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SWOSU's Hubin Receives $15,600 LSAMP Grant

July 30, 2013

Tim Hubin 

Dr. Timothy Hubin, associate professor in the Department of Chemistry and Physics at Southwestern Oklahoma State University in Weatherford, recently received a $15,600 grant from the National Science Foundation, through Oklahoma State University, as part of the Oklahoma Louis Stokes Alliance for Minority Participation (LSAMP) in Science, Mathematics, Engineering, and Technology.

This is the fifth year Hubin has received funding through this OK-LSAMP grant, which brings the total amount awarded to $69,541.

Hubin took over as campus coordinator of the SWOSU LSAMP program in late 2009. Dr. Brian Campbell, professor in the Department of Chemistry and Physics, served as the campus coordinator for several years before that time.

The OK-LSAMP Program began in 1994 and is a consortium of Oklahoma colleges and universities working together to develop programs aimed at increasing the number of students from under-represented populations who receive degrees in science, mathematics, engineering and Technology (STEM). It is named after the retired Ohio Congressman Louis Stokes, who has helped bring about many minority-focused programs.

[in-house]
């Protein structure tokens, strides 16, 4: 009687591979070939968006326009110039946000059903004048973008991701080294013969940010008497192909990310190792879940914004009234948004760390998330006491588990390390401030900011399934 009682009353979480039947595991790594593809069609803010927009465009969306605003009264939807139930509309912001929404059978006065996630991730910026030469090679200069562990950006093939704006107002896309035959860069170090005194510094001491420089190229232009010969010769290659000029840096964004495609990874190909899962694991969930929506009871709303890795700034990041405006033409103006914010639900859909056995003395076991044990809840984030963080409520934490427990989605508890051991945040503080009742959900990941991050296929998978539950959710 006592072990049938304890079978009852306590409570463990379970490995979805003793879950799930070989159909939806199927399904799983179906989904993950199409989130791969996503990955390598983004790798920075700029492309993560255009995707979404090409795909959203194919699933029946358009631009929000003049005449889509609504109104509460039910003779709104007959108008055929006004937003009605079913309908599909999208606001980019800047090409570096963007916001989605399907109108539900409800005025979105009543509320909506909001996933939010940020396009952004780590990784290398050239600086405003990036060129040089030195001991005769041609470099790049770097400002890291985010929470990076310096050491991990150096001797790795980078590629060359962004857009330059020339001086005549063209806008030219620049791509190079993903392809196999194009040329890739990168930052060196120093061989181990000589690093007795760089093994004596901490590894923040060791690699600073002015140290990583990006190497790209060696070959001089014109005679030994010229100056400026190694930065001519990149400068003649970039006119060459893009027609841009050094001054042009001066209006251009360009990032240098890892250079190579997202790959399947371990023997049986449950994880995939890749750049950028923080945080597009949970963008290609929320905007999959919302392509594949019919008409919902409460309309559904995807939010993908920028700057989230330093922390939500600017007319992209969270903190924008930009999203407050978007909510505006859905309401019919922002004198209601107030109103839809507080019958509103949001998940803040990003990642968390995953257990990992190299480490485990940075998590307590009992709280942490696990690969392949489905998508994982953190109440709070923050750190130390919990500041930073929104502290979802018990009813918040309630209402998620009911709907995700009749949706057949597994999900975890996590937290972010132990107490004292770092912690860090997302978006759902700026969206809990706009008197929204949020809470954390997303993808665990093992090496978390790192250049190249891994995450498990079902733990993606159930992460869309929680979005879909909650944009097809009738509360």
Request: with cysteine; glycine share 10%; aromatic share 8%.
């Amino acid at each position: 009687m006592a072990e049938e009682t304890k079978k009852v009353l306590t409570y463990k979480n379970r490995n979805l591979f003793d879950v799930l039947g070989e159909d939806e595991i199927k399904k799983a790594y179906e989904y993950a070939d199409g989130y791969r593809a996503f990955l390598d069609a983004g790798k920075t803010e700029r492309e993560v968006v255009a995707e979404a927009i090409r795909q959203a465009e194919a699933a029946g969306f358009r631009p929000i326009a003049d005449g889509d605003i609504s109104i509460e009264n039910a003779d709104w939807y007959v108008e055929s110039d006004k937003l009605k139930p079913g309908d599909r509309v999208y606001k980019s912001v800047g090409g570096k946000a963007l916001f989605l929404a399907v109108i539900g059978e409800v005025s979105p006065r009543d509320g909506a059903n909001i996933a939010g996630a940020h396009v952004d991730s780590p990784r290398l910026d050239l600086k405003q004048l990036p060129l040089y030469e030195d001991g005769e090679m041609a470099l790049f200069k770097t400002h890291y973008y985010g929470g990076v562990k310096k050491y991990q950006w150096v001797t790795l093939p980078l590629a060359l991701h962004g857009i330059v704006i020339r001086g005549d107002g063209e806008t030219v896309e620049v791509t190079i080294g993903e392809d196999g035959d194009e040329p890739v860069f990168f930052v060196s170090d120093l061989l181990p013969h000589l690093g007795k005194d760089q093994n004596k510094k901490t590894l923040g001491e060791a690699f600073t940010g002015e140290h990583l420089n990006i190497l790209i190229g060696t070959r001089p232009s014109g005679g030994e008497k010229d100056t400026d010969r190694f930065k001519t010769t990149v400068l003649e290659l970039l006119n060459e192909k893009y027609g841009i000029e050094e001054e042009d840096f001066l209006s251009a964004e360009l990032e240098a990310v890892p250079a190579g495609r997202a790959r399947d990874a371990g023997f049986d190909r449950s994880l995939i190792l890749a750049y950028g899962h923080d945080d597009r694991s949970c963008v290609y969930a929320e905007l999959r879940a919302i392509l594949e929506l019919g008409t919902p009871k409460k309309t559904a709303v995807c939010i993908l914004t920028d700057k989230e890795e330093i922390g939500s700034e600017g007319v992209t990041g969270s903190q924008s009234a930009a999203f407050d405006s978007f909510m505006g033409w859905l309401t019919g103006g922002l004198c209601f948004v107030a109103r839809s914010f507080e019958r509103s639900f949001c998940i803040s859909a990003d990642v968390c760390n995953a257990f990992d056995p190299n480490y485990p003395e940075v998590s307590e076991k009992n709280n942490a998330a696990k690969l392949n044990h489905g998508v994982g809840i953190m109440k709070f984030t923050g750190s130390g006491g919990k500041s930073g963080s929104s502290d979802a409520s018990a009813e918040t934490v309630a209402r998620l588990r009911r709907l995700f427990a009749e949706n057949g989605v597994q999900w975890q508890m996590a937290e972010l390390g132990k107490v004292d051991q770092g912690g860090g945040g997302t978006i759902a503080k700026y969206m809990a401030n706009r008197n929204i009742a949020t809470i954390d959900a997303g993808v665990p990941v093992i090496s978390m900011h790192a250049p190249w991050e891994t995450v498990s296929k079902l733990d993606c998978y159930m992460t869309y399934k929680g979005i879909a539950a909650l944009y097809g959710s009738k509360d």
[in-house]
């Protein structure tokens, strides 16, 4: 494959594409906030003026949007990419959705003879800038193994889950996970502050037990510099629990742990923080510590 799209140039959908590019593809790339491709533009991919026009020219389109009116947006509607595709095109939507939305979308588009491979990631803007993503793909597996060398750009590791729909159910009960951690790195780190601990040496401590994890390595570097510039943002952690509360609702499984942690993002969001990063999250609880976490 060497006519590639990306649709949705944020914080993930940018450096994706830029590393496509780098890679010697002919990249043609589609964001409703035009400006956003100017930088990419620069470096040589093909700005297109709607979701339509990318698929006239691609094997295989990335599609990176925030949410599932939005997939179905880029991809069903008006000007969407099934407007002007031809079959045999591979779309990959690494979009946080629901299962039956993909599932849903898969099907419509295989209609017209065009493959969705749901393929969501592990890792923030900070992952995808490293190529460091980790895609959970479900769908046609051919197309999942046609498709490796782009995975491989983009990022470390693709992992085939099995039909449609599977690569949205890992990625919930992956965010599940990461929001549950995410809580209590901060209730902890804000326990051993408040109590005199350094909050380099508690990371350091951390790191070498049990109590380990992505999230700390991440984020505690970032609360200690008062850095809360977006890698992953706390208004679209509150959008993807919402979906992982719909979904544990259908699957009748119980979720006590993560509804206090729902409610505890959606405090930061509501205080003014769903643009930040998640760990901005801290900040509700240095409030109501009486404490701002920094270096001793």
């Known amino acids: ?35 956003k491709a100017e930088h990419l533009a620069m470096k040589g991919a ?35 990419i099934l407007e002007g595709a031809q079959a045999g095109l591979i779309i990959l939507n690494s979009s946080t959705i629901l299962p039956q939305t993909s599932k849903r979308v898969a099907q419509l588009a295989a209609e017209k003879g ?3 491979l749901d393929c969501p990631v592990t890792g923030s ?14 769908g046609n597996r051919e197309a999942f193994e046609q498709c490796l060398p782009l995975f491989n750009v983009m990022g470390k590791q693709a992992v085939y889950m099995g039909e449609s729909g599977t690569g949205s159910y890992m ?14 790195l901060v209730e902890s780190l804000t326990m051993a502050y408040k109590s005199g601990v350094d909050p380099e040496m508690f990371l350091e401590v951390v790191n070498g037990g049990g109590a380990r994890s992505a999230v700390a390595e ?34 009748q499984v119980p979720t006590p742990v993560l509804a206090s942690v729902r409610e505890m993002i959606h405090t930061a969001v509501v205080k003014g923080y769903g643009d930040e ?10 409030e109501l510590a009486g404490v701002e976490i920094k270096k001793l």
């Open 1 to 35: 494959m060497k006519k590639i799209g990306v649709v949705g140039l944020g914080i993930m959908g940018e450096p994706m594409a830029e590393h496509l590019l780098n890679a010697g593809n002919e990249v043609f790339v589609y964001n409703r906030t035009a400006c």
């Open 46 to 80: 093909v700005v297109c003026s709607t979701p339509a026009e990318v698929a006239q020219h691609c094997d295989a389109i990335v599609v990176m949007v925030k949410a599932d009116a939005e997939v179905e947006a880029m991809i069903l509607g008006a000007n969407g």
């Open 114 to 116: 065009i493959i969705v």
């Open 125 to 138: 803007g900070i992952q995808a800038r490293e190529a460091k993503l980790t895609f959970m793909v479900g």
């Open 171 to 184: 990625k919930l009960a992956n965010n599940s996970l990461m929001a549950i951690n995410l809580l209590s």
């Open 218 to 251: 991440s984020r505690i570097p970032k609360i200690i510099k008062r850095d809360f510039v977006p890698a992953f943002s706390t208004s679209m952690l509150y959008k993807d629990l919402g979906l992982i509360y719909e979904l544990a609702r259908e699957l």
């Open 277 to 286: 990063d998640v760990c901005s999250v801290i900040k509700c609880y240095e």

Students who earn stipend support through OK-LSAMP first participate in a Scholar Seminar series designed to prepare them for success in graduate school. Advanced students are then placed with a faculty mentor to help carry out their research. Offering a mentorship program at SWOSU helps students to acquire their first taste of research at a familiar location. Hubin said this could be especially beneficial for those unable to commit to out-of-state programs.

Students mentored by Dr. Hubin assist him with the research of dual CXCR4/CCR5 antagonists. CXCR4 and CCR5 are the most studied chemokine receptors due to their roles in a broad range of diseases, including cancer, arthritis and HIV. Chemokines are small, soluble, signaling proteins that many cell types are attracted to, and chemokine receptors are cell surface proteins that bind chemokines and initiate cell movement.

Hubin said any discoveries made during this study could be potentially transformative, since the area of dual chemokine receptor antagonism is in its infancy.

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